The best Storyteller Tactic we never published

The best Storyteller Tactic we never published

To write is to edit. A good first draft starts long, and gets cut ruthlessly short. I wrote 80 cards for Storyteller Tactics, picked 54 of the best and dropped the rest. Trouble is, good stuff gets cut too. 

Below is a draft version of a card we dropped called Storyboard. We felt it duplicated elements in other cards (and there's also a Workshop Tactics "Storyboard" card). But Storyboard might have been good for people trying to use stories in a presentation for the first time.

Have a go. Try Storyboard alongside Movie Time, Show and Tell, Five T's and Icebreaker Stories. The principles are the same: stories are about people, change and new information. We remember them when they are visual and emotional.
If you've any more suggestions for digital additions to Storyteller Tactics, get in touch on the Slack channel.


Pictures paint a thousand words. They help you think visually. And that helps us "see" what you mean.

People often use images in a presentation - slides, photographs or video. But even if you're telling a verbal story, with no visual aids, it helps to plan it out with a storyboard. Your story really works when it starts a movie playing in our heads.

If you're struggling to get images, try the Movie Time tactic. Use
Storyboard with Show and Tell tactic to prepare a presentation.

  1. Create a bank of images for your story. Use Post-It notes. Sketch or doodle one image per note, with one or two words of explanation at the bottom of the note.

  2. First, do the easy ones - the physical settings of the story.
    • Who: a doodle for each individual in the story (you, your user, ete)
    • What: the product or service you're working on, tools and obstacles that feature in the story.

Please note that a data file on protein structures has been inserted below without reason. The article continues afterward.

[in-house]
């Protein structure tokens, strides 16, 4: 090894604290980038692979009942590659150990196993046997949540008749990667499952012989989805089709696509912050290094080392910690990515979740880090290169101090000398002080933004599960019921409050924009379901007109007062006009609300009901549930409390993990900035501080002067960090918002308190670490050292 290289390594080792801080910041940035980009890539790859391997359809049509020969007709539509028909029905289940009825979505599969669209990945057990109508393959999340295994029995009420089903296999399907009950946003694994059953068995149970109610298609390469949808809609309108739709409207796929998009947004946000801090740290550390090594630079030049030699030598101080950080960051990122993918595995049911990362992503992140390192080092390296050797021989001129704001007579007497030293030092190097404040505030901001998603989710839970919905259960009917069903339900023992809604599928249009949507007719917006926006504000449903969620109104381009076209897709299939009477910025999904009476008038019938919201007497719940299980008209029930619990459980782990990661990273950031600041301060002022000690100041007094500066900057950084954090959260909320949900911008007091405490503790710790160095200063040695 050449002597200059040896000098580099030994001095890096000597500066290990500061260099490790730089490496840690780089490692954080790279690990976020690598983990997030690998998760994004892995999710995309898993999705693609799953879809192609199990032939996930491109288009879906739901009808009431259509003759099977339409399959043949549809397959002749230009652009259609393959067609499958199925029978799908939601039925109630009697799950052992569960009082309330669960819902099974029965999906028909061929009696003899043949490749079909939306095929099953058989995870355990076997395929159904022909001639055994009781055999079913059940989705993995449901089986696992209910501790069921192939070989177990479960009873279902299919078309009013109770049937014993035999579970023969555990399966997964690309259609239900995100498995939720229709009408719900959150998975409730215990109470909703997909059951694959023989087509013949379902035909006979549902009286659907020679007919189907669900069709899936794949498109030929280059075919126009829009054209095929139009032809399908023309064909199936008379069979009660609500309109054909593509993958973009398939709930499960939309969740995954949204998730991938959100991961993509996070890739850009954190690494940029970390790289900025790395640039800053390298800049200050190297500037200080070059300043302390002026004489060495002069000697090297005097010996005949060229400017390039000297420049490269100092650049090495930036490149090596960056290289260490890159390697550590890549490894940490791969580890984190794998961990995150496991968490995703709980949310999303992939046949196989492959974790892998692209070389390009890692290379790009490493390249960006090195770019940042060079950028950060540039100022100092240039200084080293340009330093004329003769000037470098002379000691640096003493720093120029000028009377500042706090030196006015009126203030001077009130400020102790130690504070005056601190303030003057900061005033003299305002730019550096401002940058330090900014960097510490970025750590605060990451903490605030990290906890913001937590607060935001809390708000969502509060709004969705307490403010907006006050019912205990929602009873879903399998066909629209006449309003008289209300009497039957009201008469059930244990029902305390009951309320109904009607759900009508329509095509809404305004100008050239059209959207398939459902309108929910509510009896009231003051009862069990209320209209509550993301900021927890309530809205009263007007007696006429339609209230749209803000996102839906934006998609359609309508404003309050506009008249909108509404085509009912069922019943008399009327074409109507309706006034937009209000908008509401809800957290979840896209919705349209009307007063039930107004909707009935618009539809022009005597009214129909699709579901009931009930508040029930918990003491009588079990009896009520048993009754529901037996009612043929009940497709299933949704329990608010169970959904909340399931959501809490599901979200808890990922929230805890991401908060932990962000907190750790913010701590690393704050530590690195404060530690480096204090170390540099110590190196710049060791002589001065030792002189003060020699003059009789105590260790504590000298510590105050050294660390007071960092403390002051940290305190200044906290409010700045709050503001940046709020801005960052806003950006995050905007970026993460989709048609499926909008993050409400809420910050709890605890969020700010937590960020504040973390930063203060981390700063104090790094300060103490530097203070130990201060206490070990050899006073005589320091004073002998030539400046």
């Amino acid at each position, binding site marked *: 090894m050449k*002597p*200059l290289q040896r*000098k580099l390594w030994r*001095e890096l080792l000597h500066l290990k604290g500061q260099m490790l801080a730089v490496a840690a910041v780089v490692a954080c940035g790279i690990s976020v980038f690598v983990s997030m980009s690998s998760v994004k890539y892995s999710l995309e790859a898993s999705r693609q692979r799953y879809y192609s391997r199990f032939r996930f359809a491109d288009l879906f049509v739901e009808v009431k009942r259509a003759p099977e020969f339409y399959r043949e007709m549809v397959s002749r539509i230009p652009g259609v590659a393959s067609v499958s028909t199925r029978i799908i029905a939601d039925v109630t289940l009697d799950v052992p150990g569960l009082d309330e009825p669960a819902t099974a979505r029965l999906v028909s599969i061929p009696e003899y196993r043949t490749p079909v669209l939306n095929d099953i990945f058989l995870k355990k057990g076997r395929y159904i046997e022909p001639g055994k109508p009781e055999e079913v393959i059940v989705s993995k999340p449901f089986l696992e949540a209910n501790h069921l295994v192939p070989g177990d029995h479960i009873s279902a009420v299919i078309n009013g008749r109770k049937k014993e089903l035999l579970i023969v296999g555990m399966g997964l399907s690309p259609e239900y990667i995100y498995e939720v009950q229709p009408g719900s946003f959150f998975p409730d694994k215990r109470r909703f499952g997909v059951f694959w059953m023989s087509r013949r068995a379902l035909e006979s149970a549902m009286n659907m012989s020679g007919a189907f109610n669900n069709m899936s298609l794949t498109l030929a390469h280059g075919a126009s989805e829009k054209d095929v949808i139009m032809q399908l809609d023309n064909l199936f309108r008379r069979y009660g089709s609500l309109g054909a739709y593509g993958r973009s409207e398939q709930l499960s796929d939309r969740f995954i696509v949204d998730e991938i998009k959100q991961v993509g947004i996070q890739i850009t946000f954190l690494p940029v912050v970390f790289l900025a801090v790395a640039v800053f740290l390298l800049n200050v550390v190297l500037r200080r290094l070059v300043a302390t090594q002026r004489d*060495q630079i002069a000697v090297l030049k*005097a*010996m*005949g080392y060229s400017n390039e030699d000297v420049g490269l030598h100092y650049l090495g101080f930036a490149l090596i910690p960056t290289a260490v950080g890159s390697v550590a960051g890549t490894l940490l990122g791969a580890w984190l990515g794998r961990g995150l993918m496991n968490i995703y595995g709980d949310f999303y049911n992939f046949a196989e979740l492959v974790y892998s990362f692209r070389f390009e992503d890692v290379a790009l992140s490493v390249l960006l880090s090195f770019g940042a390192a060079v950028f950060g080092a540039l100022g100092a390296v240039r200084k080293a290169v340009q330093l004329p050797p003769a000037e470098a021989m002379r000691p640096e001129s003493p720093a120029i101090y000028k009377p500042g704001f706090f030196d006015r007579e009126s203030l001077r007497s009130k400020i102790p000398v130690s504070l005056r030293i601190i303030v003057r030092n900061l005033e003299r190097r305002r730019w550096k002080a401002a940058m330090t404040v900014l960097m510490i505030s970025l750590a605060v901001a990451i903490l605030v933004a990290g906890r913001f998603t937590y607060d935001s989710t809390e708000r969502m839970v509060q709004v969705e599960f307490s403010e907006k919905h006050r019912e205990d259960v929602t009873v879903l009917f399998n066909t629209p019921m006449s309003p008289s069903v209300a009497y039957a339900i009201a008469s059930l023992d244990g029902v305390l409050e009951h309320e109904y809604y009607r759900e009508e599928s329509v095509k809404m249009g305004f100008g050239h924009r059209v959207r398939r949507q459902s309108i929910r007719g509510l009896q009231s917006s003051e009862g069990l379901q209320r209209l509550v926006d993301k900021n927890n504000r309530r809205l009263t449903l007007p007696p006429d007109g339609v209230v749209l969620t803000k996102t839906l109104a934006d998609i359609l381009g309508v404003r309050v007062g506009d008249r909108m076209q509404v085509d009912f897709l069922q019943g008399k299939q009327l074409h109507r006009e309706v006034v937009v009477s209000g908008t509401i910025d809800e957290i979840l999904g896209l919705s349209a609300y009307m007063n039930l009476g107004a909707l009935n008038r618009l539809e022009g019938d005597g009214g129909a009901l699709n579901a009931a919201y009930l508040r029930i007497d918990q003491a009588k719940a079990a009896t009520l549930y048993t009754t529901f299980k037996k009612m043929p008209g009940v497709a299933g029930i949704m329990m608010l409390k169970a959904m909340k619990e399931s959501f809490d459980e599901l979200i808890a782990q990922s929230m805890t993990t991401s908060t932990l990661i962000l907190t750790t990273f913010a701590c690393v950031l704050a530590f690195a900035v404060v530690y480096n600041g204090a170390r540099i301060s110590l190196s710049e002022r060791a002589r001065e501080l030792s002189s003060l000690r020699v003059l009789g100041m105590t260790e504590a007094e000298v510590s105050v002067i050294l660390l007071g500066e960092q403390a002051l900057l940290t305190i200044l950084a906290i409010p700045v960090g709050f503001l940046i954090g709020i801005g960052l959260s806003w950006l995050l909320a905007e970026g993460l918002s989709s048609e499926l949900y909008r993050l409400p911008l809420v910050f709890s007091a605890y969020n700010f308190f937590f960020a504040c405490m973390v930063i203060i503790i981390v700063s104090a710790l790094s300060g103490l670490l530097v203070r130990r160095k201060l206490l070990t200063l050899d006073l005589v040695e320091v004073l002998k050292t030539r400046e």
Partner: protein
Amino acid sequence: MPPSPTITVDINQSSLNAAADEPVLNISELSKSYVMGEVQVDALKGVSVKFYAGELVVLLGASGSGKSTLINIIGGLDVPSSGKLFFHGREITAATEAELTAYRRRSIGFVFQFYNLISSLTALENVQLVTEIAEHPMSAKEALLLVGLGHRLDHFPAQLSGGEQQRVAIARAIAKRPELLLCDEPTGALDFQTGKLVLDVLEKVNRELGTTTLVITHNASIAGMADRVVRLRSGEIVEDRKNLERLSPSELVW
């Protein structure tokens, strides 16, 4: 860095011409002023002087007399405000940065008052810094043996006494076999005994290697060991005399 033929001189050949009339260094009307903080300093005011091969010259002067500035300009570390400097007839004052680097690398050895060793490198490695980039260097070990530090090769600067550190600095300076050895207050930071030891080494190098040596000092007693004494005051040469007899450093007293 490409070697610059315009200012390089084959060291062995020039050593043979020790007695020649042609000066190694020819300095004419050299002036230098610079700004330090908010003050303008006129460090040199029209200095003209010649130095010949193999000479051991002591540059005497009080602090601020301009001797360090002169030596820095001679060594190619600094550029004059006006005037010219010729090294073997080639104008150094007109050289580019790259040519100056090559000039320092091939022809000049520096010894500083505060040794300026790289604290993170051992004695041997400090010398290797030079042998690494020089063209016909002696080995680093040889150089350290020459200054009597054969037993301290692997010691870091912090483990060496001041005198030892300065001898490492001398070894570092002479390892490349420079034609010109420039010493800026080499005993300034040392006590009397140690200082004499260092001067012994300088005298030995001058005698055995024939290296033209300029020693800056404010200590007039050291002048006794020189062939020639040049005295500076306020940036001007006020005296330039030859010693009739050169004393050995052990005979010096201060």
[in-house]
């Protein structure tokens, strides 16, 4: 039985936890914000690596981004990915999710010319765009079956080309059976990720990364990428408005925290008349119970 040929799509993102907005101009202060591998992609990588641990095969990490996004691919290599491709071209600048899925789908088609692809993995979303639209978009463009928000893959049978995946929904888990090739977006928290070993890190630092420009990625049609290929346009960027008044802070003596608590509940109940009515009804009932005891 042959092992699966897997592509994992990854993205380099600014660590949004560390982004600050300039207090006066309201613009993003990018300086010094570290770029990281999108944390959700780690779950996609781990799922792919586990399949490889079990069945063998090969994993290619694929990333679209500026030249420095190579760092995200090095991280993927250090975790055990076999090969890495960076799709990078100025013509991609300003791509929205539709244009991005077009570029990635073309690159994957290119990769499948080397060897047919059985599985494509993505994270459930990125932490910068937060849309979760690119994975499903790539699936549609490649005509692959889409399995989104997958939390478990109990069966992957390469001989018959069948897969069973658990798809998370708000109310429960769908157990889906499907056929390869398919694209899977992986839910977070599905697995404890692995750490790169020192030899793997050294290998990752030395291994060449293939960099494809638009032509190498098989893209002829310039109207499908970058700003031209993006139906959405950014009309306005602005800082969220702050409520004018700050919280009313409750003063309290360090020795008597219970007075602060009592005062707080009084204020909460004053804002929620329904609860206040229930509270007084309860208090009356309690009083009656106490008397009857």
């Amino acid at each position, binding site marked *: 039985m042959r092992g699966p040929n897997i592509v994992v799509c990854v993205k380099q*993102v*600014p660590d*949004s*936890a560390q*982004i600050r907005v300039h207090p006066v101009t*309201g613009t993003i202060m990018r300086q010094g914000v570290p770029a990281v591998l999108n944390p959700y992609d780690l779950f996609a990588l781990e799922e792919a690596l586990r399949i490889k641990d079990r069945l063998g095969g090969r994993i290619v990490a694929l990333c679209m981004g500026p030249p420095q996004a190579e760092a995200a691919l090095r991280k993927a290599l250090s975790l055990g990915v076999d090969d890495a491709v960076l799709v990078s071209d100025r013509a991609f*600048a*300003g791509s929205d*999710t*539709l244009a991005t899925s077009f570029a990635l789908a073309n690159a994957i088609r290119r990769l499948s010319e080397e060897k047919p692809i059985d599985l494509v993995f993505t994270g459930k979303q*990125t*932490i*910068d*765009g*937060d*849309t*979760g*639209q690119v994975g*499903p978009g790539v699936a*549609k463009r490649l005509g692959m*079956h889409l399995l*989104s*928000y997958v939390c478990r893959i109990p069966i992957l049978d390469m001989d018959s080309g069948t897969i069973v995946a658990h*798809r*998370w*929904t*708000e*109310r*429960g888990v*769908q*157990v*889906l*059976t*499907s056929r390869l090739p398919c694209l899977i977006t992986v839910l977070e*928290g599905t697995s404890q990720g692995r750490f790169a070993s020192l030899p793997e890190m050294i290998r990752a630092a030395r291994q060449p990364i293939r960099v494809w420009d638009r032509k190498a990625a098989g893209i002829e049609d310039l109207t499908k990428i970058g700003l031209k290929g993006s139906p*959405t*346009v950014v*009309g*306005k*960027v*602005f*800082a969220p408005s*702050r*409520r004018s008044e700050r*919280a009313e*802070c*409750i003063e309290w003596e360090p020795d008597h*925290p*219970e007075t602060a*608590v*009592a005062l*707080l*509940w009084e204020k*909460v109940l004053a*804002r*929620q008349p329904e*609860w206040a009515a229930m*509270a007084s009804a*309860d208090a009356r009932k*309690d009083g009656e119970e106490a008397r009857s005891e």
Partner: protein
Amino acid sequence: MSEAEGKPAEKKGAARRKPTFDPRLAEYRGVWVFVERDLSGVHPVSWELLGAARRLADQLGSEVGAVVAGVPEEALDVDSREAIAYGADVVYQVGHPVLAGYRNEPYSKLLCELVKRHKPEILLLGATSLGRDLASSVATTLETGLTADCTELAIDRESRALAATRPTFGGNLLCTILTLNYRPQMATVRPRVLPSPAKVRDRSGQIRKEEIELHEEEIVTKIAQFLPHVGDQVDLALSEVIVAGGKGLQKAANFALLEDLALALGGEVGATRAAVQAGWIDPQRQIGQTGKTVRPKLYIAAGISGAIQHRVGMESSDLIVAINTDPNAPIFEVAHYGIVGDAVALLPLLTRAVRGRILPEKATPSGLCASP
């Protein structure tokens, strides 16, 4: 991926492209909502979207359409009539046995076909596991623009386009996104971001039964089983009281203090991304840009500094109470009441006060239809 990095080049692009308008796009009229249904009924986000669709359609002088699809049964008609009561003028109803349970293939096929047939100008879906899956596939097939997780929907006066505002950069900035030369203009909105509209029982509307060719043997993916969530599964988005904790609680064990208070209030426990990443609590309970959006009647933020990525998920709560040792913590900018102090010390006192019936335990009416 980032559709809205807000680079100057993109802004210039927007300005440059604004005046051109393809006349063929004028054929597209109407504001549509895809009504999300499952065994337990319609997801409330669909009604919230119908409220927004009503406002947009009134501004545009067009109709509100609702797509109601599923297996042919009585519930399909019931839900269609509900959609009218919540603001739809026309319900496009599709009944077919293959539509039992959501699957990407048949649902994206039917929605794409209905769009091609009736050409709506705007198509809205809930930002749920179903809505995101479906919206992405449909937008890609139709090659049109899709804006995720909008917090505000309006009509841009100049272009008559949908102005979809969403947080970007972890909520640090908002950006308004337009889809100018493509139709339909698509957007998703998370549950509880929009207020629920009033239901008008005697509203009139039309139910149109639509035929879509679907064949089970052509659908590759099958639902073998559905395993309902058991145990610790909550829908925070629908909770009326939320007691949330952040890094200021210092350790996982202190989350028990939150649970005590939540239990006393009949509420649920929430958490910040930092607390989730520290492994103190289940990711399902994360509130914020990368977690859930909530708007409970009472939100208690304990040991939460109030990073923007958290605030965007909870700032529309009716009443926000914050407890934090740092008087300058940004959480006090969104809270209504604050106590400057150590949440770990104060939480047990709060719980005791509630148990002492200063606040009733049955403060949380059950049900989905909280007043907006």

• Where: locations
    • When: times of day/night or seasons

  3. Now, do the “invisible” elements of the story:
    • Emotions: use emoji to reflect positive and negative states, specially around the problem you are solving.
    • Abstracts: data, facts, concepts. Don't agonise about sketches, just a word will do.

  4. Then create a timeline using the images. You can do a simple ‘Beginning - Middle - End, or put the images along a Story Arc (see Rags to Riches, No Easy Way tactics)

  5. Finally, see if you can tell the story simply from the visual clues.
    • What's my strongest image?
    • Where should I put it in the story? (Open with it as an attention-grabber, or build up to it at the end?
    • Is this image right for my audience?
    • Does this image help my message or distract from it?
    • Is it vivid and fresh, or a tired cliche?

  6. OK, what if you haven't got an image for a vital part of the story?
    This is the part where we rely on YOU, the storyteller. Don't show us a weak or distracting image, just talk directly to us. 


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